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Species Distribution Modeling I

In this session we will:

  1. Read in species occurrence and range data
  2. Pre-process environmental data
  3. Fit a generalized linear model to estimate the species distribution
  4. Predict across the landscape and write the results to disk (for use in GIS, etc.)


R code courtesy of Adam M. Wilson ( original version) and adapted by Marta Jarzyna, October 2015

SDM_I_code_final.R

 wget http://www.spatial-ecology.net/ost4sem/exercise/SDM/SDM_I_code_final.R
 R
 # Set working directory
 rm(list=ls(all=TRUE))
 wdir <- "/media/sf_LVM_share" 
 setwd(wdir)
 
 # Define data directotry - this is where we store the data, but also where we will save the output to
 datadir <- "/media/sf_LVM_share/data" 
 
 # if your shared folder is not writable, create a different folder for the output
 if(!file.exists("~/sdm_out")) dir.create("~/sdm_out", recursive=T)
 outdir <- "~/sdm_out"
 
 # Loading libraries
 require(rgdal)
 require(lattice)
 require(ggplot2)
    
 packages=c("hSDM","dismo","maptools","sp","maps","coda","rgdal","rgeos","doParallel","reshape",
         "ggplot2","knitr","rasterVis","texreg")
         
 l=lapply(packages, library, character.only=T,quietly=T)
 
 rasterOptions(chunksize=1000,maxmemory=1000)

We will use Montane woodcreper (Lepidocolaptes lacrymiger) as example species. This species has a large range, occurring from the coastal cordillera of Venezuela along the Andes south to south-east Peru and central Bolivia.

 # Read in species occurrence data and species range
 # Species: Montane woodcreper, Lepidocolaptes lacrymiger
 
 # Point occurrence data
 points <- as.data.frame(read.csv("/media/sf_LVM_share/data/occurrence/Lepidocolaptes_lacrymiger_allpoints.csv", header=TRUE))
 head(points)
 
 # indicate that these data are presences
 presence <- matrix(1,nrow(points),1)
 points <- cbind(points,presence)
 
 # retrieving spatial coordinates from a Spatial object
 points <- SpatialPointsDataFrame(points[,c(1,2)], points, coords.nrs = numeric(0), 
              proj4string = CRS(as.character(NA)), match.ID = TRUE)
 # assign projection
 projection(points)="+proj=longlat +datum=WGS84 +no_defs +ellps=WGS84 +towgs84=0,0,0"
 points
 plot(points)
 
 # Species' range
 range <- readOGR(".", "cartodb-query")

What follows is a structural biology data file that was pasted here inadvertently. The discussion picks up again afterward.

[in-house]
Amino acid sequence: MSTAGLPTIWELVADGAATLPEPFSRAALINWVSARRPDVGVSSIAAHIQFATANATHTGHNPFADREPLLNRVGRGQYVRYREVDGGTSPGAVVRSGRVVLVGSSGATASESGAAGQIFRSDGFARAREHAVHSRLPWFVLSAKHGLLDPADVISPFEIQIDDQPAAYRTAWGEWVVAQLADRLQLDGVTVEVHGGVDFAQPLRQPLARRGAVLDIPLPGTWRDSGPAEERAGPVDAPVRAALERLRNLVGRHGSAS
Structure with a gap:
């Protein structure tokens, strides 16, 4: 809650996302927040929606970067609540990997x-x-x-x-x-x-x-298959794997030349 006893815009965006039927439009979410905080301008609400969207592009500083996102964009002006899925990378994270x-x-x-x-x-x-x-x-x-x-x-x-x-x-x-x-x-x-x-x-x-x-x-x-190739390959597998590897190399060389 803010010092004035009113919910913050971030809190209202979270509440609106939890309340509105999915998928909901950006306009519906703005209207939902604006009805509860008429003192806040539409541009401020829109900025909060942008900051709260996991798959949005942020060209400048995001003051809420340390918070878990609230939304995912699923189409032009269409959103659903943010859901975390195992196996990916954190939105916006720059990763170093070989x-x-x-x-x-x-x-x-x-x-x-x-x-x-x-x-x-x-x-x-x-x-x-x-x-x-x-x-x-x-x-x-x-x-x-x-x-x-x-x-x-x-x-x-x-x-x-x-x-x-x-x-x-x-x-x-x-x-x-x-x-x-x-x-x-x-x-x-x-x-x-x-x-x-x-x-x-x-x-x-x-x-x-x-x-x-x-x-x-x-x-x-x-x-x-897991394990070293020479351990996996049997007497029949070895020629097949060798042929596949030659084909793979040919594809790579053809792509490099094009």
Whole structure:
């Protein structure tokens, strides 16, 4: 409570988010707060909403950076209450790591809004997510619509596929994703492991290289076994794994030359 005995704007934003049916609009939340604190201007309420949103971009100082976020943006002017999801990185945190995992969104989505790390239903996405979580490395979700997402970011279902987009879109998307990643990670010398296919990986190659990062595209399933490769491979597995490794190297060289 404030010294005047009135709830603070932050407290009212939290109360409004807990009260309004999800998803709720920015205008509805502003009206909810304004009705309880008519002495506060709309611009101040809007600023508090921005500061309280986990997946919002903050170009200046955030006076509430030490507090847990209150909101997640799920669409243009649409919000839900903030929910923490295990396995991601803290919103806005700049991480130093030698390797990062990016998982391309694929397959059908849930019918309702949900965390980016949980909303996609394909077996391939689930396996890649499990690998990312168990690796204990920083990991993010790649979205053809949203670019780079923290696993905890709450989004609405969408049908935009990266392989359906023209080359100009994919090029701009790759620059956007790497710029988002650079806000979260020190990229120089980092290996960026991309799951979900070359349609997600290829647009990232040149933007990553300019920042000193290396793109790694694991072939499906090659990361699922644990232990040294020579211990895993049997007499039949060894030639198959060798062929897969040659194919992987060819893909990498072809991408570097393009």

range
 plot(range, add=TRUE)

Loading eBird sampling dataset, in order to obtain “absence” data

 # link to global sampling raster
 gsampling=raster(file.path(datadir,"eBirdSampling_filtered.tif"))
 
 # crop to species range to create modelling domain
 sampling=crop(gsampling,range,file.path(outdir,"sampling.grd"),overwrite=T)   
 
 # assign projection
 projection(sampling)="+proj=longlat +datum=WGS84 +no_defs +ellps=WGS84 +towgs84=0,0,0"
 
 # convert to points within data region
 samplingp=as(sampling,"SpatialPointsDataFrame")
 samplingp=samplingp[samplingp$eBirdSampling_filtered>0,]
 
 # edit column names to allow aligning with presence observations
 colnames(samplingp@data)=c("observation")
 samplingp$presence=0
 plot(samplingp, col="red")#absences
 plot(points, add=TRUE)#presences
 plot(range, col="blue",add=TRUE)#species range

Create a combined presence-nondetection point dataset

 pdata <- rbind(points[,"presence"],samplingp[,"presence"])
 pdata@data[,c("lon","lat")]=coordinates(pdata)
 table(pdata$presence)

Environmental data processing

 # you can add a lot of other variables, but in the interest of time we'll focus on these 4
 fenv <- c(cld="data/cloud/meanannual.tif", cld_intra="data/cloud/intra.tif", elev="data/elevation_mn_GMTED2010_mn.tif", forest="data/tree_mn_percentage_GFC2013.tif")

To facilitate modelling, let's crop the global rasters to a smaller domain. We can use the extent of the expert range and the crop() function in raster package.

 # crop to species domain and copy to project folder 
 
 env <- foreach(i=1:length(fenv))%do%{
 fo=file.path(outdir,paste0(names(fenv)[i],"_clipped.grd"))
 crop(raster(file.path(wdir,fenv[i])),range,file=fo,overwrite=T)   
 }

Read the environmental data in as a raster stack and plot layers

 env <- stack(list.files(path = outdir, pattern="*_clipped.grd$" , full.names = TRUE ))
 env
 
 # rename layers for convenience
 names(env)=names(fenv)
 
 # mask by elevation to set ocean to 0
 env=mask(env,env[["elev"]],maskvalue=0)
 
 # check out the plot
 plot(env)

Variable selection is tricky business and we're not going to dwell on it here… We'll use the following variables.